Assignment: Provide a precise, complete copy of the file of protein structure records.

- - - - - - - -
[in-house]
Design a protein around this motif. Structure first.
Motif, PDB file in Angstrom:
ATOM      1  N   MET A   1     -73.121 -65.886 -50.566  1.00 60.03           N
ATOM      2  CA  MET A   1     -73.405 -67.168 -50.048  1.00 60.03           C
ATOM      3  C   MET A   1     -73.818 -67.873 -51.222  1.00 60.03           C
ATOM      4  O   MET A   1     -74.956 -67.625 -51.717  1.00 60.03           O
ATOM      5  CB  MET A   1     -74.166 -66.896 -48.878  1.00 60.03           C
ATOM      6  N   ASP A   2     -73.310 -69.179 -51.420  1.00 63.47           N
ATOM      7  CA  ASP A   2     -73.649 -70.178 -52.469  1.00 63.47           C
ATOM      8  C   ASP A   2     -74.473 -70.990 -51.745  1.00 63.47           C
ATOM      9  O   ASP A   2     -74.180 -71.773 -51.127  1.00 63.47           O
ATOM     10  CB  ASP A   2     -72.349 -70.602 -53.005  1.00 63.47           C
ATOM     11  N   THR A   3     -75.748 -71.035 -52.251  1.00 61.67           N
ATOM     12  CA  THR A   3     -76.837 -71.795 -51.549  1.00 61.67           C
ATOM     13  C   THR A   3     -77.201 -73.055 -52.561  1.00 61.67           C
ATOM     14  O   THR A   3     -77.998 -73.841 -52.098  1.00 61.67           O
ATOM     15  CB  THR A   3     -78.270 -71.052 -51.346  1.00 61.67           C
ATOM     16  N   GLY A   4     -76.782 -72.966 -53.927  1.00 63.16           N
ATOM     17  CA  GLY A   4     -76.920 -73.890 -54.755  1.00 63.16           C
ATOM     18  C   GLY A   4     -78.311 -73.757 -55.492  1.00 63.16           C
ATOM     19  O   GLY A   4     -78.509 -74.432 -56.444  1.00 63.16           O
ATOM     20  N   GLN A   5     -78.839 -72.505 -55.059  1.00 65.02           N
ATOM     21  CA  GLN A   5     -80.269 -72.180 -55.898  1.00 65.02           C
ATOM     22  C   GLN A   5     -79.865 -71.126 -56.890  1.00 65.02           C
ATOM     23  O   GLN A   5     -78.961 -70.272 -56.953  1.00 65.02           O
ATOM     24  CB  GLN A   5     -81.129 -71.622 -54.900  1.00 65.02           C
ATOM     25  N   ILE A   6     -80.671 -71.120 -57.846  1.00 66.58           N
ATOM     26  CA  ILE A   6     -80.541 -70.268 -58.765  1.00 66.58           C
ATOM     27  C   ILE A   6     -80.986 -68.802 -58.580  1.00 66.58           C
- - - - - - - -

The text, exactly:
[in-house]
Design a protein around this motif. Structure first.
Motif, PDB file in Angstrom:
ATOM      1  N   MET A   1     -73.121 -65.886 -50.566  1.00 60.03           N
ATOM      2  CA  MET A   1     -73.405 -67.168 -50.048  1.00 60.03           C
ATOM      3  C   MET A   1     -73.818 -67.873 -51.222  1.00 60.03           C
ATOM      4  O   MET A   1     -74.956 -67.625 -51.717  1.00 60.03           O
ATOM      5  CB  MET A   1     -74.166 -66.896 -48.878  1.00 60.03           C
ATOM      6  N   ASP A   2     -73.310 -69.179 -51.420  1.00 63.47           N
ATOM      7  CA  ASP A   2     -73.649 -70.178 -52.469  1.00 63.47           C
ATOM      8  C   ASP A   2     -74.473 -70.990 -51.745  1.00 63.47           C
ATOM      9  O   ASP A   2     -74.180 -71.773 -51.127  1.00 63.47           O
ATOM     10  CB  ASP A   2     -72.349 -70.602 -53.005  1.00 63.47           C
ATOM     11  N   THR A   3     -75.748 -71.035 -52.251  1.00 61.67           N
ATOM     12  CA  THR A   3     -76.837 -71.795 -51.549  1.00 61.67           C
ATOM     13  C   THR A   3     -77.201 -73.055 -52.561  1.00 61.67           C
ATOM     14  O   THR A   3     -77.998 -73.841 -52.098  1.00 61.67           O
ATOM     15  CB  THR A   3     -78.270 -71.052 -51.346  1.00 61.67           C
ATOM     16  N   GLY A   4     -76.782 -72.966 -53.927  1.00 63.16           N
ATOM     17  CA  GLY A   4     -76.920 -73.890 -54.755  1.00 63.16           C
ATOM     18  C   GLY A   4     -78.311 -73.757 -55.492  1.00 63.16           C
ATOM     19  O   GLY A   4     -78.509 -74.432 -56.444  1.00 63.16           O
ATOM     20  N   GLN A   5     -78.839 -72.505 -55.059  1.00 65.02           N
ATOM     21  CA  GLN A   5     -80.269 -72.180 -55.898  1.00 65.02           C
ATOM     22  C   GLN A   5     -79.865 -71.126 -56.890  1.00 65.02           C
ATOM     23  O   GLN A   5     -78.961 -70.272 -56.953  1.00 65.02           O
ATOM     24  CB  GLN A   5     -81.129 -71.622 -54.900  1.00 65.02           C
ATOM     25  N   ILE A   6     -80.671 -71.120 -57.846  1.00 66.58           N
ATOM     26  CA  ILE A   6     -80.541 -70.268 -58.765  1.00 66.58           C
ATOM     27  C   ILE A   6     -80.986 -68.802 -58.580  1.00 66.58           C